Sunday, January 12, 2014

Guatemalan Supreme Court to Investigate Mayor of Mining Town

So, I will fill in the spaces, but one of the things I did while I was here was accompany Maya community leaders and their legal adviser in filing a criminal complaint against the Mayor of San Miguel Ixtahuacán for making the community residents do forced labor -- in order to comply with a ruling from the Inter-American Commission on Human Rights that decreed that the government was responsible for taking preventive measures to ensure a supply of water suitable for drinking, domestic use and farming. Forced labor is, sadly, an important part of Guatemala's colonial and more modern history; friends of mine have recounted that as recently as the 1960s and 1970s, their fathers and other male relatives were forced to dig ditches and build highways. And of course during the armed conflict the army imposed forced labor regimes on those men whom it did not kill or conscript into the army. Still, it is a bit of an outrage that in 2014, this would still be practiced by a municipal government. I was there to document, and then I helped work on press communiqués. Here's a longish version of a press release -- too long to send out to the press, but maybe the basis of an op-ed piece somewhere. 

San Miguel Ixtahaucán, San Marcos, Guatemala: 

On Thursday, January 9, one day after Maya community leaders filed criminal charges against the Mayor of San Miguel Ixtahuacán, with the local justice of the peace, for compelling residents of five Maya communities to perform forced labor, the tribunal decided to send the case to Guatemala’s Supreme Court of Justice.  The complainants and their legal team are now awaiting word from the Supreme Court of Justice about the next steps in this case. “I would never have believed that in the year 2014, a municipal government would make Maya communities do compulsory labor.” Such was the opinion of Francisco Bámaca, a 53-year old farmer from the community of San José Ixcaniche, and leader of the anti-mining movement in Guatemala.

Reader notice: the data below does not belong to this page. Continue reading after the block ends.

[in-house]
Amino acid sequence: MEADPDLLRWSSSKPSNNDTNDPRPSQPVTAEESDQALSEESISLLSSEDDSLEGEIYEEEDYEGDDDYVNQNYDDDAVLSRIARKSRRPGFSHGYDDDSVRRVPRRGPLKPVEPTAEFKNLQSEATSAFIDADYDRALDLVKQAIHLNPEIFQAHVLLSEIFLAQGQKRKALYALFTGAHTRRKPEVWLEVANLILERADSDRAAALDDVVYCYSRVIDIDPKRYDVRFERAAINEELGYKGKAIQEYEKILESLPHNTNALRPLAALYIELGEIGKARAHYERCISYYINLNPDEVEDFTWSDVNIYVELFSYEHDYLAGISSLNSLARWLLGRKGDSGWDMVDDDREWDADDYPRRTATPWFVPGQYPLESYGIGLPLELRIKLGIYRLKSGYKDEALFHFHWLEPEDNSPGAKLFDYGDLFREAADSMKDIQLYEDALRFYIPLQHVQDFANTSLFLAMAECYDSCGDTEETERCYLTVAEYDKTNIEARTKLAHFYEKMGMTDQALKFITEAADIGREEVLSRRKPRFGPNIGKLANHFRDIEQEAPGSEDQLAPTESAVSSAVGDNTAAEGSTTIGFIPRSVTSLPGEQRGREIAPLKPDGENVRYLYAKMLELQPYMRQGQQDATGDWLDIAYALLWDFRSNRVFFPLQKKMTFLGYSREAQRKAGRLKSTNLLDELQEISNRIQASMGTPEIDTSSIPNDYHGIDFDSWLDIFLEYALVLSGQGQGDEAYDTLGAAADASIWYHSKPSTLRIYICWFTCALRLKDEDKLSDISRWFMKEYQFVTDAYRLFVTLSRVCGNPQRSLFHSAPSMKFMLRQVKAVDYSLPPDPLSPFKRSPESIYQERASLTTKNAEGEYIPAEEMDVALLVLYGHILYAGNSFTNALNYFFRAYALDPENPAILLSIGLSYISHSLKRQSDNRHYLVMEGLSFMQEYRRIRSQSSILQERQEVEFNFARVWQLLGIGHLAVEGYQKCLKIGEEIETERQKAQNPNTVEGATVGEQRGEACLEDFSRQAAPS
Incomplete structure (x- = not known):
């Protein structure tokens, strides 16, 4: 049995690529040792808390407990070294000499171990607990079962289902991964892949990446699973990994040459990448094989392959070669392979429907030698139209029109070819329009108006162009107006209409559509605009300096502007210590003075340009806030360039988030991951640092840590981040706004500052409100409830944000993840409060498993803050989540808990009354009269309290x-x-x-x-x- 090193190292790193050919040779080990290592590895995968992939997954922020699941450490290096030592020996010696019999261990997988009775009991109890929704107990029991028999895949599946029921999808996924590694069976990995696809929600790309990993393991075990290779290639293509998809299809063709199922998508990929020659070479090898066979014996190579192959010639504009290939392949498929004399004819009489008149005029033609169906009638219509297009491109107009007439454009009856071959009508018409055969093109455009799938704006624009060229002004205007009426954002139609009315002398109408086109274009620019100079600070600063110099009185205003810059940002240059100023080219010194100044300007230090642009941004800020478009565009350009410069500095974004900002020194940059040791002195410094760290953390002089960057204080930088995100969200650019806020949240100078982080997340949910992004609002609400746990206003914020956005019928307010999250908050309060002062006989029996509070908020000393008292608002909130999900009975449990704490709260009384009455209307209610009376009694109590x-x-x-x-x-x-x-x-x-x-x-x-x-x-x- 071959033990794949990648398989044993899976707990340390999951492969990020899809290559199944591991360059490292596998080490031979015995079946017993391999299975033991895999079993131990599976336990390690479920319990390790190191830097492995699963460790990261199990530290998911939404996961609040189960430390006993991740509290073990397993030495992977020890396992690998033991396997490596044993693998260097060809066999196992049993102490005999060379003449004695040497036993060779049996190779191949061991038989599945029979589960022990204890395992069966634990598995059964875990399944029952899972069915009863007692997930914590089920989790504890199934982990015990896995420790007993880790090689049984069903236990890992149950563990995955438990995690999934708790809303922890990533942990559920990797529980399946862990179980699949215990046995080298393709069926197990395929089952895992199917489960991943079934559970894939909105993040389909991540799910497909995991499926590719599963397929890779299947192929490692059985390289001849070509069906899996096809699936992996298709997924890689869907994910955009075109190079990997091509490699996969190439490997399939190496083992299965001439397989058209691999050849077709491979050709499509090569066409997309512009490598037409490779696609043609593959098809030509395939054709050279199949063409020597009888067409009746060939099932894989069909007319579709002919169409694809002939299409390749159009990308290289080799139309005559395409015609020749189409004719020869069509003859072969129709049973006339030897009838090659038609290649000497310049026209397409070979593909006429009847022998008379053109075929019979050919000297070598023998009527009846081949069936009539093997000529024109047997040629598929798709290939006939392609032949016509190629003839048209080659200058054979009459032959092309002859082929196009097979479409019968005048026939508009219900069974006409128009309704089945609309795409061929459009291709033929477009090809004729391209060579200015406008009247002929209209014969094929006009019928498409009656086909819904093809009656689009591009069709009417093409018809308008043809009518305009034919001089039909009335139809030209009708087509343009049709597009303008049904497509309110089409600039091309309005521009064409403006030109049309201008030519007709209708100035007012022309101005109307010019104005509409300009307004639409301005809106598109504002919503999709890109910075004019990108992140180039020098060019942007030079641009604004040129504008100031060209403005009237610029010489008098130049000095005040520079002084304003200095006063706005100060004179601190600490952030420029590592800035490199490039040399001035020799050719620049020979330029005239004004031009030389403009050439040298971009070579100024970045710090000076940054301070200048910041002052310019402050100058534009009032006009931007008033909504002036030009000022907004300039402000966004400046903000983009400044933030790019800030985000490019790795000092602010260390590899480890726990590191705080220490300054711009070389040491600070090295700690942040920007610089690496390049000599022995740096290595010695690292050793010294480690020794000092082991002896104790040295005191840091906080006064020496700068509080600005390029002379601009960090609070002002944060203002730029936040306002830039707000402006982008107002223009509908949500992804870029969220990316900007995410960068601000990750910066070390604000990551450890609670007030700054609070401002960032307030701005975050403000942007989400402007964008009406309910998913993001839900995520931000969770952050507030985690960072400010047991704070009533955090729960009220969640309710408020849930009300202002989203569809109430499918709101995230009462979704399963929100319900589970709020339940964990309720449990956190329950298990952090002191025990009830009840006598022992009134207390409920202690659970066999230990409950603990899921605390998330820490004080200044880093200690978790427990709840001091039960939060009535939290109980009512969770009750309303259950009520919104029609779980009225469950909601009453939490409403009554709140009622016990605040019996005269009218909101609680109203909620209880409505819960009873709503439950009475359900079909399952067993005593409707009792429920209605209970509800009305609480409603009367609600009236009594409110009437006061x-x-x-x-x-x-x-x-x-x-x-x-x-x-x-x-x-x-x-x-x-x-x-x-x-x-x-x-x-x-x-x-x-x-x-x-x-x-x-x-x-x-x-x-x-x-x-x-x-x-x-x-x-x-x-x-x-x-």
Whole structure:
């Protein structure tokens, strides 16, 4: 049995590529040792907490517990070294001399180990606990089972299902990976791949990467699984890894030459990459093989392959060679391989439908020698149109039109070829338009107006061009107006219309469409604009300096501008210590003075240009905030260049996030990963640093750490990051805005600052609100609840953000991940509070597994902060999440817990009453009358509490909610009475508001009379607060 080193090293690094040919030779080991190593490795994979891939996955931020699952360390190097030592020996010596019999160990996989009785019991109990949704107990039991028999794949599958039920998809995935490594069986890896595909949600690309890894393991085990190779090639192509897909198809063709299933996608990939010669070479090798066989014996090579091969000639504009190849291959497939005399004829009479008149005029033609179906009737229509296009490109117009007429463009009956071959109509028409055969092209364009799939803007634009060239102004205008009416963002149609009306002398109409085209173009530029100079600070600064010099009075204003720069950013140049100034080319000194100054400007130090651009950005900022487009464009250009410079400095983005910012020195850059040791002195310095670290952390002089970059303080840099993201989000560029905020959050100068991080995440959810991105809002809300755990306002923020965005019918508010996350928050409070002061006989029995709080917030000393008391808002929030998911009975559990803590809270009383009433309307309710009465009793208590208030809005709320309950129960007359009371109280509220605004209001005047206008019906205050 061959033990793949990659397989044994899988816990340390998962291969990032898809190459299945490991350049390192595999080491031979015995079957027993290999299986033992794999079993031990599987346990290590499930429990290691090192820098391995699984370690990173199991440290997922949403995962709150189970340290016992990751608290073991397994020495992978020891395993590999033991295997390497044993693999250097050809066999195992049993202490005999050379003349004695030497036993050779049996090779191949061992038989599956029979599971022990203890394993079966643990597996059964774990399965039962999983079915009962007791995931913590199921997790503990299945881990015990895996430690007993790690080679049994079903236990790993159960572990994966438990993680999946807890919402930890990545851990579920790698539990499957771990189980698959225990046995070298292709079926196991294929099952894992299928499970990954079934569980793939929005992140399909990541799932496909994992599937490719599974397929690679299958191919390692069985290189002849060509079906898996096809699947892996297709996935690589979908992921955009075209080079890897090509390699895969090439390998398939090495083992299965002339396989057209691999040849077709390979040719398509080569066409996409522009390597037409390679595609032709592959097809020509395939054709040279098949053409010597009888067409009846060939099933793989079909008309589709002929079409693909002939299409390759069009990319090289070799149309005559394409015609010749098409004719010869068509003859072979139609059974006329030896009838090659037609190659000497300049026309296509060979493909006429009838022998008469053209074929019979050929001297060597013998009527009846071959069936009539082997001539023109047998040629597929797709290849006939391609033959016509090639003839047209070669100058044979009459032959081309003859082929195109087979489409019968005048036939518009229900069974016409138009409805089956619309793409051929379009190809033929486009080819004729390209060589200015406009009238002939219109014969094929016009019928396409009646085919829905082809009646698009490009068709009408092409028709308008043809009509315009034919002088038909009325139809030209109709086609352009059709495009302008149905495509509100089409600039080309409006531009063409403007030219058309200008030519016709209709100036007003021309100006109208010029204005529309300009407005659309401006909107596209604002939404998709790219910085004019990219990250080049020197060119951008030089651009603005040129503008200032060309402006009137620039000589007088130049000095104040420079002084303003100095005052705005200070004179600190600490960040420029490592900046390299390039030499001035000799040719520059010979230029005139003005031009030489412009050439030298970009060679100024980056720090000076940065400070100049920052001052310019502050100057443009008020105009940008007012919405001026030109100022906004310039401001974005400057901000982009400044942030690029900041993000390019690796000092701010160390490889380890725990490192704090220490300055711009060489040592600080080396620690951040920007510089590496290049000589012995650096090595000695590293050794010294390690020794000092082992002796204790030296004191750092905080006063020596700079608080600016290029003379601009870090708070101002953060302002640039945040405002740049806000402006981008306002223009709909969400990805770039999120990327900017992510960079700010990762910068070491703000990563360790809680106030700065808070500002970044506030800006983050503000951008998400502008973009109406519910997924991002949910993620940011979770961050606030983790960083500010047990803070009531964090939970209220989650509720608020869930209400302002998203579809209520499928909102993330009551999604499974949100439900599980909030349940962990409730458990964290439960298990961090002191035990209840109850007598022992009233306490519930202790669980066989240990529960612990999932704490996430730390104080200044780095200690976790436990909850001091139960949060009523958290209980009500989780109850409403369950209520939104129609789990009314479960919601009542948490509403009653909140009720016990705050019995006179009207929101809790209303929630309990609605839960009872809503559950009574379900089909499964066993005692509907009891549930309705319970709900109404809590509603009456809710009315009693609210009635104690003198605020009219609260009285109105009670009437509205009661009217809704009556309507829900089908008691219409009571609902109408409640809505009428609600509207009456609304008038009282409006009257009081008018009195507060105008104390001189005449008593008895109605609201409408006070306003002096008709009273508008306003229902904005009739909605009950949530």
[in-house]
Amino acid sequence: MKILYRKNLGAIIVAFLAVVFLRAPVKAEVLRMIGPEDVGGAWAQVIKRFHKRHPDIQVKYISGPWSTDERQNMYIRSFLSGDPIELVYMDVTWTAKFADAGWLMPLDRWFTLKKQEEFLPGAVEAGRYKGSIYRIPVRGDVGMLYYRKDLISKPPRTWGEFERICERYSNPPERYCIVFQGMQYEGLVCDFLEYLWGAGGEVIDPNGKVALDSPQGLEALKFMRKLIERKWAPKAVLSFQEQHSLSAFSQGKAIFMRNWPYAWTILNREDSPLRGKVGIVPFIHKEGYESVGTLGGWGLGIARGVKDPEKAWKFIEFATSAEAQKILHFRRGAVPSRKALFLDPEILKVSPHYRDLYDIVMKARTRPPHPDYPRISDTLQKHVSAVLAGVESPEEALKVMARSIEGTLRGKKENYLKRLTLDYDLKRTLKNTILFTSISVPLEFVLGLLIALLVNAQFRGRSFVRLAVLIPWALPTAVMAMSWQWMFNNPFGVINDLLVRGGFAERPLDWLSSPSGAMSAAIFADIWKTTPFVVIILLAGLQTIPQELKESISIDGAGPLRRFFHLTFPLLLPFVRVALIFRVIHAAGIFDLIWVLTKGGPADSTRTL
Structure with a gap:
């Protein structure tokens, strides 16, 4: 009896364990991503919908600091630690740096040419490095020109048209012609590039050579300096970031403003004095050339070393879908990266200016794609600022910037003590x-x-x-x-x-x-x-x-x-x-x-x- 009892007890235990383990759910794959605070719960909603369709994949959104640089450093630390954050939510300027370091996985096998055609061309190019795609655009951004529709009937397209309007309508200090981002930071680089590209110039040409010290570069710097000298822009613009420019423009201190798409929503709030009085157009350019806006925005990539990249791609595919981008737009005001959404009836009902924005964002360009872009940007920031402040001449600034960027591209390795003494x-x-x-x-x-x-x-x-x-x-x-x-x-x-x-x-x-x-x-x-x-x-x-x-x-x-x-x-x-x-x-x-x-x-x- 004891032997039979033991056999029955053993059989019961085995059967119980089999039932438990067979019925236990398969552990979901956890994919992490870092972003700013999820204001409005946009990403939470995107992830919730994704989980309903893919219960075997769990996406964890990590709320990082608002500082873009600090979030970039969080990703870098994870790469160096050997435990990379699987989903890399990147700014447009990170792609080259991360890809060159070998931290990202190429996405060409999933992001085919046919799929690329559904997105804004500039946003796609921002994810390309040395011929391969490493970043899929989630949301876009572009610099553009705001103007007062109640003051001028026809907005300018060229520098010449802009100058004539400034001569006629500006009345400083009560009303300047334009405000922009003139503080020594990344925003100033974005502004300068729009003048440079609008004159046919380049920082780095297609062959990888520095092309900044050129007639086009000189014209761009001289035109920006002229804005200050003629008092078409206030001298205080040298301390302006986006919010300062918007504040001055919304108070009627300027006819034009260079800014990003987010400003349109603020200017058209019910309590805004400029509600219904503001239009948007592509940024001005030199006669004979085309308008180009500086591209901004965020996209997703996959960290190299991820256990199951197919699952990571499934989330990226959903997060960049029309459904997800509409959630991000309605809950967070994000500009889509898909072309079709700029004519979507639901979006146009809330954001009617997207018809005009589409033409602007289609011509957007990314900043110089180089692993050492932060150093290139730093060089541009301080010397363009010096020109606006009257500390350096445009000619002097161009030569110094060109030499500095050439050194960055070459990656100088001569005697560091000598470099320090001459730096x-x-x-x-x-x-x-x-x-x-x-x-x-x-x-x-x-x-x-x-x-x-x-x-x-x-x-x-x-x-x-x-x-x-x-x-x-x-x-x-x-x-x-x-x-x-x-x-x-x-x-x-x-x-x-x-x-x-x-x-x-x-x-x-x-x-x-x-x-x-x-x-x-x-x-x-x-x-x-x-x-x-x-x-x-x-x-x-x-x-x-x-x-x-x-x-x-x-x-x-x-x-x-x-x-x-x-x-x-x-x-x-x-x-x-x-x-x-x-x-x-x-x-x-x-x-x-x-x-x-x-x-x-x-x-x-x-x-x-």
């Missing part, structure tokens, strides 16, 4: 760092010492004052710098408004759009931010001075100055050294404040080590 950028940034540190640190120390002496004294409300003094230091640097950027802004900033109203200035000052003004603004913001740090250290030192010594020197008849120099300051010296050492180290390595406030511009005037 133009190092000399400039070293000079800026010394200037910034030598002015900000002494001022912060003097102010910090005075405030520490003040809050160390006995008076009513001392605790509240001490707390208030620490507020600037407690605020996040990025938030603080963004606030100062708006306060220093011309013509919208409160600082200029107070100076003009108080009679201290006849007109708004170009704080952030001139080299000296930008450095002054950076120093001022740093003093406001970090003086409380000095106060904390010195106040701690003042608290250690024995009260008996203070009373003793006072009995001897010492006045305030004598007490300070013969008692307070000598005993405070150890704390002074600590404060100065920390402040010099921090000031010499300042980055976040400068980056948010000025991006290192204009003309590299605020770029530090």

On Wednesday, January 8, 2014, Bámaca and other leaders from the five communities most affected by environmental damage from the Marlin Mine, operated by the Canadian transnational Goldcorp through its Guatemalan subsidiary Montana Explorer of Guatemala, filed a criminal complaint against the Mayor of San Miguel Ixtahuacán, charging him with imposing compulsory labor upon the Maya Mam communities of Ágel, Siete Platos, San José Ixcaniche, San José Nueva Esperanza and San Antonio de los Altos. All five communities are part of the municipality of San Miguel Ixtahuacán, and were beneficiaries of a 2010 ruling by the Inter-American Commission on Human Rights, which determined that Goldcorp’s mining operations posed a clear risk of contamination to their water supply from mining operations, and ordered the Guatemalan government and the municipality to take precautionary measures to ensure an adequate supply of uncontaminated water for drinking, domestic and agricultural use. 

However, the local Mayor, Ovidio Joel Domingo Bámaca, has forced local residents to not only work for free on the construction and maintenance of the necessary infrastructure, but also provide the construction materials out of communal resources, and cover the fees to the owners of the properties where the water lines would be installed.

The Mayor’s actions, according to the complaint, are in clear violation of the American Convention on Human Rights, Convention 169 of the International Labor Organization on the Rights of Indigenous and Native Peoples, and Guatemalan Constitution. Carlos Loarca, executive director of Plurijur, an association of human and indigenous rights attorneys, and legal adviser to the resistance movement in San Miguel Ixtahuacán, notes that this case is significant for indigenous communities not only in Guatemala, but also throughout Latin America: “Historically, the elites and the governments have argued that the progress of indigenous peoples depends upon their providing free labor for projects that will benefit the community.  Indigenous communities are obliged to work without any salary because it’s the only way they can get any benefit from the government, but the non-indigenous communities don’t do this work for free, so it’s clearly discriminatory.” 

Adds Gregoria Crisanta Pérez, a community leader efrom Ágel, who also signed the complaint, “What we want is for the mining company to cover the labor costs, and all the other expenses necessary to provide an adequate water supply,” adding that single mothers, widows and the elderly cannot comply with the forced labor obligations.

            The complaint was prepared with the assistance of FREDEMI, a community-based coalition of anti-mining activists in the San Miguel Ixtahuacán area.

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